Over the past two decades nurses have become more aware of the need to include families in nursing care. Family nursing practice is holistic with a goal of creating partnerships between families and nurses so mutual trust, communication and cooperation develops enabling the health care needs of the family to be met (Kaakinen, 2014). A family is viewed as a system where each member is expected to respond according to their role, and changes in the dynamics of the system causes a change in the equilibrium. The purpose of this paper is to demonstrate the application of family health nursing theory to practice through a case study. The Perez family’s culture and environmental factors as they impact the family’s health will be discussed. Using the Calgary Family Assessment Model, the Perez family will be examined for their structure, development and function. Subsequently, Neuman’s System Model will guide the systematic family assessment, planning and selection of appropriate interventions for improving the health of the Perez family who has a child living a chronic health condition.
Culture and Environment
The Hispanic population is the nation’s largest and fastest growing minority group, currently making up about fifteen percent of the U.S. population. This figure is expected to increase to twenty nine percent by 2050 (Livingston, Minushkin, & Cohn, 2008). The growth of the Hispanic population creates a challenge for improving health interventions and reducing medical care disparities. Because of the increase in Spanish-speaking families using health care facilities in the United States, nurses need to acknowledge culturally related practices and beliefs in order to effectively work with Hispanic families (Wilson & Robledo, 1999). It is crucial to comprehend a family’s background from their point of view in order to build trust and develop a rapport needed to assess, support and council families of other cultures.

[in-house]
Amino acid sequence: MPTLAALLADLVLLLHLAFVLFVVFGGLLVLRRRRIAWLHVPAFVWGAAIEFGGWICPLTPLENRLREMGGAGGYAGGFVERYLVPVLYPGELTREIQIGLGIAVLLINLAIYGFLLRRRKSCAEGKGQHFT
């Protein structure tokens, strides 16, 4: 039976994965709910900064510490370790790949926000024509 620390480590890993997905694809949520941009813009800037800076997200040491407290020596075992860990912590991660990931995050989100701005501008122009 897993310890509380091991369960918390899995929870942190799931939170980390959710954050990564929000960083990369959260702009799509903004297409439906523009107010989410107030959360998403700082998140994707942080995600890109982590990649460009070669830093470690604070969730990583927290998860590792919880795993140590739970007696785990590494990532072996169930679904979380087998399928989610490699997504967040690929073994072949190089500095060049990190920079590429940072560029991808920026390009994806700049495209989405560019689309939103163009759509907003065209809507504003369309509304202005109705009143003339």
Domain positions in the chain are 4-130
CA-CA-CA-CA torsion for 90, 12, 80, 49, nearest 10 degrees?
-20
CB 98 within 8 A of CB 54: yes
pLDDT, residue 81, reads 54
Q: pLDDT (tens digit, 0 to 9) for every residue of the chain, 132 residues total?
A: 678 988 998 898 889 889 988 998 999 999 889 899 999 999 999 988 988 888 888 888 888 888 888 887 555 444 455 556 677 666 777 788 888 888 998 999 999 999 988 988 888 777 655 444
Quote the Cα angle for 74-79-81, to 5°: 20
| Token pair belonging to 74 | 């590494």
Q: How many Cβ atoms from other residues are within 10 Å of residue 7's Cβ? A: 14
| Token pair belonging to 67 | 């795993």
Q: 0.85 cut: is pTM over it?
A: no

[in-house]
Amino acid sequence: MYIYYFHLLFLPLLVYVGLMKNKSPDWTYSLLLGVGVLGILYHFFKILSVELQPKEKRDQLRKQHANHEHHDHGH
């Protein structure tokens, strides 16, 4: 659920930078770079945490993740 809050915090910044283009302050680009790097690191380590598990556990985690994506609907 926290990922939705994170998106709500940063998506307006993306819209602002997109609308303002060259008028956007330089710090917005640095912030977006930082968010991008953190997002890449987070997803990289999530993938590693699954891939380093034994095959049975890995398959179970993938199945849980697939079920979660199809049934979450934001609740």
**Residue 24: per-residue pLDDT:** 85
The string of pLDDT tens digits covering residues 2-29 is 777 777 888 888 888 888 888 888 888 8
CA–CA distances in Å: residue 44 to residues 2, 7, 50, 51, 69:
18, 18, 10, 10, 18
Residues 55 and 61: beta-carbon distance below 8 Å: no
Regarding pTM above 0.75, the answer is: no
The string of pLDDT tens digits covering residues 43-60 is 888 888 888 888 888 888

Regarding the cultural and environmental background of the Perez family, they are a lower middle-class Hispanic family composed of two parents with three children living together in a rural community in the United States. Due to acculturation of the Perez family, an assumption has been made that language is not a barrier for this family, but Spanish is probably spoken in the home. Ninety five percent of Hispanic people are Catholic and believe that health is protected by prayer and maintained by a universal balance that is the result of eating proper foods and working the proper amount of time. Illness is viewed as an imbalance in the body or the result of doing something wrong (Spector, 2008). Most Hispanics say that sick people should seek care only from medical professionals. Only six percent say they would obtain care from a curandero, shaman or someone with special powers to restore health to the sick (Livingston et al., 2008). Traditional Hispanic-Americans value the significance of family, male leadership,...